Hartley Magazine

All the latest news, hints, tips and advice from our experts

To Seed or to Transplant

What is the best way to start vegetables and annual flowers? Factors to consider include your available indoor space, your time, and the space and temperature requirements of the plants you want to grow.
Some crops, such as peas, resent moving, and it’s best to plant them where they’ll stay. This is also true of beans, as well as many plants we eat the roots of, such as beets, radishes, carrots, and turnips. Planting directly in to the garden is usually best for these.

Others are more flexible. If you’re impatient to get going and want to plant lettuce seeds indoors when the garden is still too wet to dig, you can start a small amount inside and grow them under cover until conditions outside are ready. You’ll be giving them a head start (no pun intended) and probably harvest sooner than if you’d put seed directly in the ground. Once the season is seriously underway, you can always seed lettuce directly into the garden – I do every few weeks to keep a steady supply of salad materials coming – and this is the best way to grow baby lettuces.

Because the northeastern growing season is too brief to accommodate their entire period of growth outdoors, it’s customary to start long season vegetables- like tomatoes and peppers- indoors at least six weeks before planting them outside. Once the seedlings develop true leaves, and begin to crowd each other in the flat, they are transplanted into containers that provide more growing space. Indoor transplants require excellent light – a greenhouse environment is ideal- and careful watering.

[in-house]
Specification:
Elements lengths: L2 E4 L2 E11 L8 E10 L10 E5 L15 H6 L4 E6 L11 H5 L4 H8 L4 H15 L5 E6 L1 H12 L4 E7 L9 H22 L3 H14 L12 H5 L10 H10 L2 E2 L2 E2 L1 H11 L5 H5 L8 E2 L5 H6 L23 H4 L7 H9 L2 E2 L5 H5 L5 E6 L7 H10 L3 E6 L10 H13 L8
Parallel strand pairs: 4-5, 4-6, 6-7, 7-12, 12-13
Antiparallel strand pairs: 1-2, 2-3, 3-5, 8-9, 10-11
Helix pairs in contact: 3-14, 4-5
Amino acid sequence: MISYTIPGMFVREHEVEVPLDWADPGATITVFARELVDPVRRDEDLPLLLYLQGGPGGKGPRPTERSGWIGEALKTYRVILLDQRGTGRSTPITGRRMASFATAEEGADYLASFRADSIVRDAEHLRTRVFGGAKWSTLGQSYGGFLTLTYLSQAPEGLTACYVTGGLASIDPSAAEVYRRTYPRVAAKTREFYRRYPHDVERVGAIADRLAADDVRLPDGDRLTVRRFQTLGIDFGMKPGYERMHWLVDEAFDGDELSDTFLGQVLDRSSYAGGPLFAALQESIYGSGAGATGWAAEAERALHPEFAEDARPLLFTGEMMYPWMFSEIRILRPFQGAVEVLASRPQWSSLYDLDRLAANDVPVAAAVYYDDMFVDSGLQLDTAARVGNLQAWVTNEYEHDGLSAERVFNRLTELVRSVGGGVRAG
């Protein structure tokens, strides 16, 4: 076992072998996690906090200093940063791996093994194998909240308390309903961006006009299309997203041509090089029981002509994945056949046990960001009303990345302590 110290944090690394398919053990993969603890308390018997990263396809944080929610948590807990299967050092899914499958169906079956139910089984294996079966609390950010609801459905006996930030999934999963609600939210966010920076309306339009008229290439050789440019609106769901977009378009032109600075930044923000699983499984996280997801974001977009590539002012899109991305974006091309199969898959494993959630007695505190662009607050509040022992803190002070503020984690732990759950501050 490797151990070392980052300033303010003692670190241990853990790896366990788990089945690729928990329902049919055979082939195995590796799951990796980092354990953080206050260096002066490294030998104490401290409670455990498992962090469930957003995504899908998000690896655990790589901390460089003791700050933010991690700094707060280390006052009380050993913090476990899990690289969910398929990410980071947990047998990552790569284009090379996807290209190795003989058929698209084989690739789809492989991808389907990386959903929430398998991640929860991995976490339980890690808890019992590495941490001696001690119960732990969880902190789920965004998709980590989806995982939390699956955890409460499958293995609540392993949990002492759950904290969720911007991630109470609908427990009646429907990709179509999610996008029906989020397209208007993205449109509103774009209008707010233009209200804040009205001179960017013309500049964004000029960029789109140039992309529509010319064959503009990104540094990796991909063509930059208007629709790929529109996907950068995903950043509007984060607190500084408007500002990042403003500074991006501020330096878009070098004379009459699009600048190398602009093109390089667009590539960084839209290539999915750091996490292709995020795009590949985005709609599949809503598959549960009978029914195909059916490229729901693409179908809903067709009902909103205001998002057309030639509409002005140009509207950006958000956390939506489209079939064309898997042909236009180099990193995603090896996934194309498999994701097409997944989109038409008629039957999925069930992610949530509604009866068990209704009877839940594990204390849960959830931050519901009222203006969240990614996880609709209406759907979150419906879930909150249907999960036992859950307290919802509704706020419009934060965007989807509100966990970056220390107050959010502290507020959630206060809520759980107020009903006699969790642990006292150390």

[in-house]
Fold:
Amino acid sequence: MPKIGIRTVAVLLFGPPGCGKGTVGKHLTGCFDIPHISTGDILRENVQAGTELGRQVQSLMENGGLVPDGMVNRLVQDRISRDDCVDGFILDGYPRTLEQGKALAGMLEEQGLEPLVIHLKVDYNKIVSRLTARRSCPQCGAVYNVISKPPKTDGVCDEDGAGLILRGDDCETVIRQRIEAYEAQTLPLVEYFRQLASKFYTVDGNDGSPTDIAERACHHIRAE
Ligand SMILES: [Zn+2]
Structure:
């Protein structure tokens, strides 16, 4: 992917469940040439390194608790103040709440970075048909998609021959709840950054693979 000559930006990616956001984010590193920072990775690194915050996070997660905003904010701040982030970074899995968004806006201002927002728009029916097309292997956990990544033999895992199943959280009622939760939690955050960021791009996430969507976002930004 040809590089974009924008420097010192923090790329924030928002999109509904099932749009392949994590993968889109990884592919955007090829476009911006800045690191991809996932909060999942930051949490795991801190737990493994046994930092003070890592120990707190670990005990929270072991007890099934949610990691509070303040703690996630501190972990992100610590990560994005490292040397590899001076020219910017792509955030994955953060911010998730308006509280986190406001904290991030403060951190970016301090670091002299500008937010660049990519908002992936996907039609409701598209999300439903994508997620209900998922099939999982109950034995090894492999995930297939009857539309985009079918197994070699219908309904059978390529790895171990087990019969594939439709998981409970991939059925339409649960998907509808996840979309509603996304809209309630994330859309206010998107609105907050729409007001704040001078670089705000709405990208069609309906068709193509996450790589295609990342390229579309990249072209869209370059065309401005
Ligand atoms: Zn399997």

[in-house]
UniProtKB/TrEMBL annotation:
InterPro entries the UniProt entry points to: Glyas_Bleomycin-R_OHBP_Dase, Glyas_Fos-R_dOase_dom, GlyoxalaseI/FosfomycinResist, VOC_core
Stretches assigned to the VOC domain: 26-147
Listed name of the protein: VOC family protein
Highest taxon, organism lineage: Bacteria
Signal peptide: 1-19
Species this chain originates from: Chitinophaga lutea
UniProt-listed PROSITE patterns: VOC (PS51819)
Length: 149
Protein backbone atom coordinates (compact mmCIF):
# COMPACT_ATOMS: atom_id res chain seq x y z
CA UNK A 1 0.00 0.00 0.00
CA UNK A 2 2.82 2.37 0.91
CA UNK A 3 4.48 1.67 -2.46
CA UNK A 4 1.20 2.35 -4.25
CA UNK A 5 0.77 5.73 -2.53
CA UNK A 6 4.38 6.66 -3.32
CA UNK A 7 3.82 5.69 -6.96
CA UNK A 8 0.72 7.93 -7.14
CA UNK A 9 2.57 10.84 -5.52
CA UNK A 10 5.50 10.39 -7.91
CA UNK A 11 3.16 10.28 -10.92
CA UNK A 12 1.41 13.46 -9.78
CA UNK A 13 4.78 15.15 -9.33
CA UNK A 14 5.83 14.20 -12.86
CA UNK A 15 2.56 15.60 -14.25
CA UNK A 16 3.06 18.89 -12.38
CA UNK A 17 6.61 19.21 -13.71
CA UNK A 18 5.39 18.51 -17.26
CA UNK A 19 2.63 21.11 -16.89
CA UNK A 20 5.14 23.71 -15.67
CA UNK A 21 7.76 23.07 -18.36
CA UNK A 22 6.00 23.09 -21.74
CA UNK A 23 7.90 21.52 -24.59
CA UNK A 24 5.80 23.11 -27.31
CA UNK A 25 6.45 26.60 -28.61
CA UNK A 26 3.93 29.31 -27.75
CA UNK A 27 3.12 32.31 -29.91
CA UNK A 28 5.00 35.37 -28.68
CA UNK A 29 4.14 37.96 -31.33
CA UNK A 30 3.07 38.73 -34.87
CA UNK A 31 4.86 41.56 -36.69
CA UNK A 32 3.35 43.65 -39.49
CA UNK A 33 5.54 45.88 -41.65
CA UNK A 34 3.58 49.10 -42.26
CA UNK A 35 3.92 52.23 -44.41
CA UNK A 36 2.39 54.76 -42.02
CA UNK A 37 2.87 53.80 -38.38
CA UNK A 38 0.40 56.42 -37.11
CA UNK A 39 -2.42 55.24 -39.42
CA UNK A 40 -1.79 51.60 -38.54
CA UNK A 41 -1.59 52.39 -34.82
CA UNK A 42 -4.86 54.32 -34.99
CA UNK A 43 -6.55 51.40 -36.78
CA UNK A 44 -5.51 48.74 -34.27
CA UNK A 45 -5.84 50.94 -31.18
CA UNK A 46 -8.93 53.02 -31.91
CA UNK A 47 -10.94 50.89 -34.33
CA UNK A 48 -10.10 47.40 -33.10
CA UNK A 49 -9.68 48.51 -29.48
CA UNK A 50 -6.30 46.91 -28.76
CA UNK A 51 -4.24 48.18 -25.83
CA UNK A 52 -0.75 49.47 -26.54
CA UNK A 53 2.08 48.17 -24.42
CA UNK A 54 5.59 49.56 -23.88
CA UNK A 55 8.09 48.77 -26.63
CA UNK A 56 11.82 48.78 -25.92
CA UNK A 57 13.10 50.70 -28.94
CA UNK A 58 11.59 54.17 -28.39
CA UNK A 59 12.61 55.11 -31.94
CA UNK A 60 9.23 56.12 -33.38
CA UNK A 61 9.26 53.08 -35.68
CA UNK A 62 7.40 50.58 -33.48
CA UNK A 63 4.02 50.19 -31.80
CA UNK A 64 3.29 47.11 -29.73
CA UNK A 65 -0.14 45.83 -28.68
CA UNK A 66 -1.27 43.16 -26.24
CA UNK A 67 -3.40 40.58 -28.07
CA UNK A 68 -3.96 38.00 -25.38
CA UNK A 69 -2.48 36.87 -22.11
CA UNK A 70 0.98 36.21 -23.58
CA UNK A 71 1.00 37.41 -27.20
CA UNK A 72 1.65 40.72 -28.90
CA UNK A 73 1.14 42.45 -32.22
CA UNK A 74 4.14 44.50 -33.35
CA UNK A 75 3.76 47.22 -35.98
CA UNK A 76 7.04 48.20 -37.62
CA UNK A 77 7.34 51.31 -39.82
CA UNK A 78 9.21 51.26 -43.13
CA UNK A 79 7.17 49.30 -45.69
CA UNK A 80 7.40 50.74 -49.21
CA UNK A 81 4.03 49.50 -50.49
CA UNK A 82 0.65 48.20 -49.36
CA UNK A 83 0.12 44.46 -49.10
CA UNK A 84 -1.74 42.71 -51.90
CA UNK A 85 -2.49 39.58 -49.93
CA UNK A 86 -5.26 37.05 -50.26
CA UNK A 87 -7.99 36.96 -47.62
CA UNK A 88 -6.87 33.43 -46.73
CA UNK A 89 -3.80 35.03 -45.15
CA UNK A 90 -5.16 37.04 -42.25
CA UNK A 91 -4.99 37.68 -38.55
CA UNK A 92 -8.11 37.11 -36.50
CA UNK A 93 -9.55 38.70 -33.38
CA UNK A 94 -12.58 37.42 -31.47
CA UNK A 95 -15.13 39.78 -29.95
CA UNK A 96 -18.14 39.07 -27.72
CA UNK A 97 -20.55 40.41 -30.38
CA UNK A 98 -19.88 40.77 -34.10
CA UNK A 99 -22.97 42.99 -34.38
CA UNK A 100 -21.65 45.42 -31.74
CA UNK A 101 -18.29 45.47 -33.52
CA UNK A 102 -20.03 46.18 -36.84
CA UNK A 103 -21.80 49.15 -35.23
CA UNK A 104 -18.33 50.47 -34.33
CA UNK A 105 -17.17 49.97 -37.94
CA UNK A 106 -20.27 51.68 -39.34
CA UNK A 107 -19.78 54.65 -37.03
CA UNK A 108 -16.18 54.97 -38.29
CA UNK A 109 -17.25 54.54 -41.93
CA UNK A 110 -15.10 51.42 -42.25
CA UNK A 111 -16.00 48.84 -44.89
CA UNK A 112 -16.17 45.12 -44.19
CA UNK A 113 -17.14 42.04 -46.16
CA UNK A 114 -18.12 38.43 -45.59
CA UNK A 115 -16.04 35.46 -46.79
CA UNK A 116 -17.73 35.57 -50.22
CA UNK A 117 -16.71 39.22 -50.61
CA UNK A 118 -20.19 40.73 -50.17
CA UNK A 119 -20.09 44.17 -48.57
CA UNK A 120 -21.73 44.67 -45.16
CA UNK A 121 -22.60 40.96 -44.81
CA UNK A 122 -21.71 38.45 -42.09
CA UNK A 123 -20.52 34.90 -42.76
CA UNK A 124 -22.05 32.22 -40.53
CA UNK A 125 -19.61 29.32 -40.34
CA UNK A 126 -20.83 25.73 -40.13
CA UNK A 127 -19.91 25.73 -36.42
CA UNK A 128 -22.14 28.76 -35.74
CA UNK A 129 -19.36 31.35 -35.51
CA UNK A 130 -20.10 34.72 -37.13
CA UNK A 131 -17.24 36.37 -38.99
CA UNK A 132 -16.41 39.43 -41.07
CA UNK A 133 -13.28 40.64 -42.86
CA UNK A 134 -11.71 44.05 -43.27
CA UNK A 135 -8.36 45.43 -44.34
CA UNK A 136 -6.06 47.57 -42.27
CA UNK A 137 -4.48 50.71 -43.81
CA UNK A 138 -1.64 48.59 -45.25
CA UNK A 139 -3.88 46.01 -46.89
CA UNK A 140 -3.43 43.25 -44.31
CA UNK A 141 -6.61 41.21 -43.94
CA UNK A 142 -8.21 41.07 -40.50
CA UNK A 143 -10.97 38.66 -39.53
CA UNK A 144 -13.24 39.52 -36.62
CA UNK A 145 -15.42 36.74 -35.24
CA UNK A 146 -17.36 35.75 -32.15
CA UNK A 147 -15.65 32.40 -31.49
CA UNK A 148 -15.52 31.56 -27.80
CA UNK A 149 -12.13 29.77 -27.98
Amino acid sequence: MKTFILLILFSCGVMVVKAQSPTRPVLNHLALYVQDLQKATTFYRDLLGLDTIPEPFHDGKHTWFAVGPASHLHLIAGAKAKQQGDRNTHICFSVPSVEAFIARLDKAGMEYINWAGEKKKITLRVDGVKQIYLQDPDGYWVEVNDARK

Some seeds-parsley is a good example-take awhile to germinate, so it’s best to soak them overnight, then plant a few into individual pots – if you have space indoors, this saves transplanting later.
Vegetable and flower transplants are readily available at garden centers and farmer’s market these days. If you lack the space, light, or inclination to grow your own seedlings, they’re a good option. Buying transplants is particularly convenient if you’re getting a late start. Avoid those that grow quickly from seed planted in the ground – string beans, squash, and zinnias are examples. When shopping, look for healthy plants that aren’t too tall or leggy. Fruit on the plant is not a good sign – choose stocky and less advanced plants over the two-foot tall tomatoes.

And enjoy this exciting season!